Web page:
#43 BY JOOST REKVELD
35MM VERTICAL CINEMASCOPE
The images in the film #43 are generated by systems in which the pixels are agents that are, in some respects, comparable to organic cells. These systems are bumped into motion by disruptions that cause a difference between some pixels and their neighbours. These miniscule differences become seeds for processes of decay and growth, an imbalance that embodies a store of energy for the system as a whole, similar to electrical potential. Under some circumstances the cells in the system feed each other so that oscillations or other kinds of order are produced spontaneously, sometimes stable in themselves, sometimes feeding on noise to stay active.
This film is part of a long-running exploration of algorithms that are based on propagation and local interactions. Originally triggered by an encounter with simulations of how nerve impulses organise themselves into oscillations in tissues like heart muscle, for example, the project has since expanded to include an interest in the more general emergence of patterns in time and space out of homogenous starting conditions. These explorations are inspired by a set of ideas from biology and mathematics that first came to prominence during the development of cybernetics in the 1950s and 1960s, and that have since evolved into more recent manifestations such as catastrophe theory, complexity theory and artificial life.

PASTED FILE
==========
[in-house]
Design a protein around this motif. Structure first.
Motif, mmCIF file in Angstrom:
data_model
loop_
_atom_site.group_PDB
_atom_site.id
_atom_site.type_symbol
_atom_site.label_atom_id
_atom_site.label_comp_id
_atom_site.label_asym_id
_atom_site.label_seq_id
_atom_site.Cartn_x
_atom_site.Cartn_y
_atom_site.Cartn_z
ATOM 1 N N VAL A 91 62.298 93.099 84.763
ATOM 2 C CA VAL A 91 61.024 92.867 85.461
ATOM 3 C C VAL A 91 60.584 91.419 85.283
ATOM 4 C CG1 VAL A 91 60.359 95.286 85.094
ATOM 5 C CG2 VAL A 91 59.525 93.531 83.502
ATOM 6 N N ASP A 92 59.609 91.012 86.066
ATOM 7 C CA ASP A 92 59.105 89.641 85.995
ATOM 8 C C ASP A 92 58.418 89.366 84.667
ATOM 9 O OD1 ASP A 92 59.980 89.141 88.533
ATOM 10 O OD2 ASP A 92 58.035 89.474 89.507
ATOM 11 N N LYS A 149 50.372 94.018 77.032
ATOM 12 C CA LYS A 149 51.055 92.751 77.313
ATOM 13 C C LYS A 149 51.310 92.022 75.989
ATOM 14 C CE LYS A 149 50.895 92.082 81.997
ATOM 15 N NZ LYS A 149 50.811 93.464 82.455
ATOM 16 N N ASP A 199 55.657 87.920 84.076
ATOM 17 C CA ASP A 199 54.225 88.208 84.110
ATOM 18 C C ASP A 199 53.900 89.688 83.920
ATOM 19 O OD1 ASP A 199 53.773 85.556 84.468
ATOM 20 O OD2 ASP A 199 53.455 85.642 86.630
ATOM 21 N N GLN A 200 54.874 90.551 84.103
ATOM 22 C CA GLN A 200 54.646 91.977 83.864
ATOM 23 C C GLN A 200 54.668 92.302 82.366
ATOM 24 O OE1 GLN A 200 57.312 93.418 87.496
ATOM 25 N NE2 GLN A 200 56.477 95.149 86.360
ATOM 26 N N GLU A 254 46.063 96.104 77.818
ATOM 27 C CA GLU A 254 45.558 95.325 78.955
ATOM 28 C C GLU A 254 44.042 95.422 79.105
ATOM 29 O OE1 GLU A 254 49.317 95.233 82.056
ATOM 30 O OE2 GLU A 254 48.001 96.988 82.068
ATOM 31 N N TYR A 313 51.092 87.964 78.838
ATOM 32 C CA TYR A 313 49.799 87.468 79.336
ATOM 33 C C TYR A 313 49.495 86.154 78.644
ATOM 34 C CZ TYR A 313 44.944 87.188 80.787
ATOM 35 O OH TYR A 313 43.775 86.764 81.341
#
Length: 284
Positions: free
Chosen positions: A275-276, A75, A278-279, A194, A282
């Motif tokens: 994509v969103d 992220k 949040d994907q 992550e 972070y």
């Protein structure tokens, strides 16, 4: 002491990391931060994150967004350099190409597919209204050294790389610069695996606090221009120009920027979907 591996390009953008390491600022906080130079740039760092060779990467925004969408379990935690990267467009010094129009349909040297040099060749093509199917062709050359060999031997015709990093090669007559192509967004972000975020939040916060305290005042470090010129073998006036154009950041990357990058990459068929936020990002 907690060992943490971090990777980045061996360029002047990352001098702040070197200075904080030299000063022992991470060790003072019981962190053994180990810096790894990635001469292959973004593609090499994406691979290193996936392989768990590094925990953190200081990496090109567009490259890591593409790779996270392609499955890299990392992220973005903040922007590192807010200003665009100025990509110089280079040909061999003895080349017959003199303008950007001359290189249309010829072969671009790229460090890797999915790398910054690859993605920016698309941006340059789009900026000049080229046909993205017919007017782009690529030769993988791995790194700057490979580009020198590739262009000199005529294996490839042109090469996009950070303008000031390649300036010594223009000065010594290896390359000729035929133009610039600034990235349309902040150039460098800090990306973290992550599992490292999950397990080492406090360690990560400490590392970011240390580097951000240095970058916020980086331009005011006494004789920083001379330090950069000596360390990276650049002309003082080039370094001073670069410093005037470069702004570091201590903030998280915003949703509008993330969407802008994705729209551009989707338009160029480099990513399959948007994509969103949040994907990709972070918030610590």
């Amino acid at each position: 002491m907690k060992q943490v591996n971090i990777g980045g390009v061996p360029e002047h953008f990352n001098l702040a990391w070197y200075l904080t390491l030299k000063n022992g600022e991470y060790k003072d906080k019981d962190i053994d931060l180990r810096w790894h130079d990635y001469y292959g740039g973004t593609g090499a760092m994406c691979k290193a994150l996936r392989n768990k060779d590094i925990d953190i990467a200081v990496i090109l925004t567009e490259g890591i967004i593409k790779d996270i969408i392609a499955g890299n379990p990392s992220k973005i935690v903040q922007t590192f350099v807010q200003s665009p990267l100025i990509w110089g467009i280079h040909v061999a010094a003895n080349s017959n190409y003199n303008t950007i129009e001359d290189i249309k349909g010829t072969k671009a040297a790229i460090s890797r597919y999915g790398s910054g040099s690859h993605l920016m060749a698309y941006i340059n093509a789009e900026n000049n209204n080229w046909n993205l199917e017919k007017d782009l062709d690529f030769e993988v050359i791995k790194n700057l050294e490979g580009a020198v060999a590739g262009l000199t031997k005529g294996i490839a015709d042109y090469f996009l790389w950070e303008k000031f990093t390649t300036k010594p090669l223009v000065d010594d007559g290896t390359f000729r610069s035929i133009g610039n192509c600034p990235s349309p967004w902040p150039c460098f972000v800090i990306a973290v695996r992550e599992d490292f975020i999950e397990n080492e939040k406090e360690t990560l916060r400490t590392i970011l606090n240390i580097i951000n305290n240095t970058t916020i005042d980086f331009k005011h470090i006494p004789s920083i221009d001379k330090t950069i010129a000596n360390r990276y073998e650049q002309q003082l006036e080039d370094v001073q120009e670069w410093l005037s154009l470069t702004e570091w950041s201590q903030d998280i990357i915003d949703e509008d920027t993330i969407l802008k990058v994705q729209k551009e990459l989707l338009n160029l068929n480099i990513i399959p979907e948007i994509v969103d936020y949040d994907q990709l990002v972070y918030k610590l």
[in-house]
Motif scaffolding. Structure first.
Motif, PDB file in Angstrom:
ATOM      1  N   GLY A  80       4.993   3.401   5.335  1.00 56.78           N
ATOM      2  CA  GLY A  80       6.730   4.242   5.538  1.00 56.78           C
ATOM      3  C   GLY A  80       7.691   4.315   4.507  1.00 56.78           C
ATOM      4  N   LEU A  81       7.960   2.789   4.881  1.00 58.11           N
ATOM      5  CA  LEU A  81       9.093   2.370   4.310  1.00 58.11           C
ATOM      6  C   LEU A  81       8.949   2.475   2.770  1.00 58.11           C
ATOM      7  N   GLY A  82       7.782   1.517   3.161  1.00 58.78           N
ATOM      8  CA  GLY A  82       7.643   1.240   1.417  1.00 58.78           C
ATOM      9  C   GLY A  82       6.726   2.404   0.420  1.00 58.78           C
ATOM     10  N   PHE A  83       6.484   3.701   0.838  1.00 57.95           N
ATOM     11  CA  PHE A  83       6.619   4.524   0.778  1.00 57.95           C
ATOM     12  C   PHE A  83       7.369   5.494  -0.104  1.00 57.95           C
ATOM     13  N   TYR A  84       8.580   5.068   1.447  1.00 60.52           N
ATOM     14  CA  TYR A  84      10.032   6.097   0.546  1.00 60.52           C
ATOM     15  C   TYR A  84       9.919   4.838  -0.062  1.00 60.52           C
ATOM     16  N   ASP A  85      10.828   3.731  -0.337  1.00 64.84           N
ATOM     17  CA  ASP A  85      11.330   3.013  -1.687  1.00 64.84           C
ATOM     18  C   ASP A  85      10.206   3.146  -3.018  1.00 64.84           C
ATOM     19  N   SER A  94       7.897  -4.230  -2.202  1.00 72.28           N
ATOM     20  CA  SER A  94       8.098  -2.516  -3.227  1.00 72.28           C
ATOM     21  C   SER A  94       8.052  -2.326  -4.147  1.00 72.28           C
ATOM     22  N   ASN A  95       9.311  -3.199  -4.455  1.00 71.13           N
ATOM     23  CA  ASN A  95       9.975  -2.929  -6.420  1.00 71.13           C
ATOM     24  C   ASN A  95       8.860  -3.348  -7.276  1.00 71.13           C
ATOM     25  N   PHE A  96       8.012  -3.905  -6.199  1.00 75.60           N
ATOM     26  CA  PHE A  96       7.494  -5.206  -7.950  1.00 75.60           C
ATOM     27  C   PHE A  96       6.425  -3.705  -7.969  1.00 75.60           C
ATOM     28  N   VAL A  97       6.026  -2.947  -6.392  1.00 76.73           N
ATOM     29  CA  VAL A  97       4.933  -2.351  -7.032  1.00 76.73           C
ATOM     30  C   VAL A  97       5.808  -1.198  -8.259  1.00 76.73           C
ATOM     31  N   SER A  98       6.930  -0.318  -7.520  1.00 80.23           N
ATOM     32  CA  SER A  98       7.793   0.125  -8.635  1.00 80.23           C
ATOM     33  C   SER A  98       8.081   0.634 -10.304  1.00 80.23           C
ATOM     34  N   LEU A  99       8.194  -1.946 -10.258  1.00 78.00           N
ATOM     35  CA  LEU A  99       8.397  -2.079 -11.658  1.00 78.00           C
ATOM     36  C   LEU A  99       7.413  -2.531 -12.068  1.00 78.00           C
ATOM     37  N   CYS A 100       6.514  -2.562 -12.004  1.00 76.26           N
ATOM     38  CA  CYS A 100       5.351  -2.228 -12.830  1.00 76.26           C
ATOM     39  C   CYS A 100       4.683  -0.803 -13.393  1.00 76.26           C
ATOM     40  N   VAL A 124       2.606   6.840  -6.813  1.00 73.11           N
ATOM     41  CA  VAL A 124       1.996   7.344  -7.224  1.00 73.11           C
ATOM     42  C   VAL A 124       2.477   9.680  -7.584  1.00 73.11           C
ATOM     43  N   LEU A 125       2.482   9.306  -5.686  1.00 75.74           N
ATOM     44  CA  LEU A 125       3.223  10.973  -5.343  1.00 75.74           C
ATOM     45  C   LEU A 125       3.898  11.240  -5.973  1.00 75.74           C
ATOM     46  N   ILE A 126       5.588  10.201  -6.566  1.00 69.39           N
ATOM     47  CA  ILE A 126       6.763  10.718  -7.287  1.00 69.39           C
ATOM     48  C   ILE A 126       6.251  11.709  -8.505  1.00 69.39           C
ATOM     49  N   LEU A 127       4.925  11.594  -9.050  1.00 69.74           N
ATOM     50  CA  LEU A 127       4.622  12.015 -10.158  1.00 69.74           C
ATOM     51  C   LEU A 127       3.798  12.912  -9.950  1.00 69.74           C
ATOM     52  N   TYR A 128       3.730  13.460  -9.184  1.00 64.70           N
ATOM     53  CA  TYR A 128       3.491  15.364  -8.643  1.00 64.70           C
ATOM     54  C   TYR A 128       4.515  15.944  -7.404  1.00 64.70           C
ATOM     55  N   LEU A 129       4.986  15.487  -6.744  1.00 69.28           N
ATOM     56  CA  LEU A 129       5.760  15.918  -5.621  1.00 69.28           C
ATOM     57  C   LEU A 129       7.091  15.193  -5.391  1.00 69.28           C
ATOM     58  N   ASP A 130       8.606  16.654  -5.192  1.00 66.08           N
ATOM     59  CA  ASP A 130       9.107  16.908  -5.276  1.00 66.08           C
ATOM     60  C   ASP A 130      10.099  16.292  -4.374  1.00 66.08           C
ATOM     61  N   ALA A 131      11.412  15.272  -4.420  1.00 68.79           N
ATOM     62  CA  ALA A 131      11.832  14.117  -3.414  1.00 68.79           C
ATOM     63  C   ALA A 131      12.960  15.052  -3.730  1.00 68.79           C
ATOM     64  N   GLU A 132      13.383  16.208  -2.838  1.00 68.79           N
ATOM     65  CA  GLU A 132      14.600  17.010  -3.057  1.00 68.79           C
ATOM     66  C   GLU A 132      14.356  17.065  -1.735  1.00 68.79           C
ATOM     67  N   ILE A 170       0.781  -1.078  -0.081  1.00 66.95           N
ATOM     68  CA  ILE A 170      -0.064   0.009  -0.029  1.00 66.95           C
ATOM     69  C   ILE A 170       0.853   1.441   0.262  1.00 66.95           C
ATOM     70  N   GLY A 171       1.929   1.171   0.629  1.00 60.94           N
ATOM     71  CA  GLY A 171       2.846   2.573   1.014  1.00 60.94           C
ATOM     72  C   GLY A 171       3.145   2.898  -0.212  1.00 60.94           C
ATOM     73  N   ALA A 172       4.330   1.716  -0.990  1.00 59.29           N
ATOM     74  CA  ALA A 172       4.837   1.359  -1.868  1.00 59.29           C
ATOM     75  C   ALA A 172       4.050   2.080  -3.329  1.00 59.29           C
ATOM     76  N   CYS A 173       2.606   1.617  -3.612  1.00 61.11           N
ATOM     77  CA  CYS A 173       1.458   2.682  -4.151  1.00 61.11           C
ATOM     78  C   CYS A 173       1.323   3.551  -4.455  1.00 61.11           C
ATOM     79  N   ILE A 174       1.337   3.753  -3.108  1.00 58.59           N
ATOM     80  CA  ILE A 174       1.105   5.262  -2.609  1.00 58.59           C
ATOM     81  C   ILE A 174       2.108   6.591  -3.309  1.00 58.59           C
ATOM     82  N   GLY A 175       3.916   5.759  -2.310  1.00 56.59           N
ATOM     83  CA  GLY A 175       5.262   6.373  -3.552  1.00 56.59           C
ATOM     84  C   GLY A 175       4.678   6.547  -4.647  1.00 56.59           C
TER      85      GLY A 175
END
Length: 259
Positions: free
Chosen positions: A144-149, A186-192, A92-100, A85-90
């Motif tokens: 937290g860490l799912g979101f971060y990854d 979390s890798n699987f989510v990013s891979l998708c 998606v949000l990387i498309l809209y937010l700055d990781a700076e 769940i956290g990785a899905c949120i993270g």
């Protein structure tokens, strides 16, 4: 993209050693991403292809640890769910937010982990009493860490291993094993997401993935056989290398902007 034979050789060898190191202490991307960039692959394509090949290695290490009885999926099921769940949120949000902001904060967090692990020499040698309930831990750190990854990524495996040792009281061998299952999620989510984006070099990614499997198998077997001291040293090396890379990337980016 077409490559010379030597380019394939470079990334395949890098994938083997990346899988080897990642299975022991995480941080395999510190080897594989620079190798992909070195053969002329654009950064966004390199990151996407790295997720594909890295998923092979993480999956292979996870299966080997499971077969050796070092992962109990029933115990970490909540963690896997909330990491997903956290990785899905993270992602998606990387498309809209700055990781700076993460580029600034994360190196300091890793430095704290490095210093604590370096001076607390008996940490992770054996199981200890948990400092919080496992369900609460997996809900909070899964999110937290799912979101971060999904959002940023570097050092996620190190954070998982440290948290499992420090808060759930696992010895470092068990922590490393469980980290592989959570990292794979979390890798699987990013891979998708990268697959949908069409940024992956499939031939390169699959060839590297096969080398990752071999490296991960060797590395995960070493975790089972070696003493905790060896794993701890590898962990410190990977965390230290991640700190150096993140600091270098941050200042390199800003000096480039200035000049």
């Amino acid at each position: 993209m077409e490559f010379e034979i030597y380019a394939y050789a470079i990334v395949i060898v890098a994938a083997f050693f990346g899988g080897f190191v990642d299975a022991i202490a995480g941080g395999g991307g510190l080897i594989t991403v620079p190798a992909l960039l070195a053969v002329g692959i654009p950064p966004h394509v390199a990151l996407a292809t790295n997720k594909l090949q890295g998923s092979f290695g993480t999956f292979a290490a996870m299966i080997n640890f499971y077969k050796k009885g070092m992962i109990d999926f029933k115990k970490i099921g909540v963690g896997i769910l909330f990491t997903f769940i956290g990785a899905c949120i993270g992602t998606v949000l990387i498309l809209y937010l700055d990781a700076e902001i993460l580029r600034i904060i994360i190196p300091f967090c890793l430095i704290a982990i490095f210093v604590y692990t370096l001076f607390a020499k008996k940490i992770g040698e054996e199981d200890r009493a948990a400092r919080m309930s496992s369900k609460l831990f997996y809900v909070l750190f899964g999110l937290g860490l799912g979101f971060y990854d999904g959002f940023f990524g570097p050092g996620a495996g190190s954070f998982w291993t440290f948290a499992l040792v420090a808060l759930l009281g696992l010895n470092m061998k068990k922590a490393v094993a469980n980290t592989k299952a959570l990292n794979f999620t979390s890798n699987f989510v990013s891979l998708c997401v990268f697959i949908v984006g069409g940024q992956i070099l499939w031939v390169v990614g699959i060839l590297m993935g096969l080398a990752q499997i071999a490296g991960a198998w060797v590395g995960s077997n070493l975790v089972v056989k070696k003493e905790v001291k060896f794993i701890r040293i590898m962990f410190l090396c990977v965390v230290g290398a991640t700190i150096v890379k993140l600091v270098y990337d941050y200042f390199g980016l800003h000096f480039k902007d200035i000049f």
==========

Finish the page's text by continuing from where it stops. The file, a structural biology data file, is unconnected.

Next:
The composition of this film was influenced by the work of logician G. Spencer Brown, who wrote his Laws of Form in 1969. The book is a wonderful account of a new kind of logic that lends itself especially well to describe the seeming paradoxes of selfreference.
This film is part of the Vertical Cinema project, see for more information: verticalcinema.org
Vertical Cinema is a Sonic Acts production in collaboration with Kontraste Festival, Austrian Film Museum, Filmtechniek BV, Paradiso Amsterdam, European Space Agency, Stedelijk Museum Amsterdam and International Film Festival Rotterdam.
Loading more stuff…
Hmm…it looks like things are taking a while to load. Try again?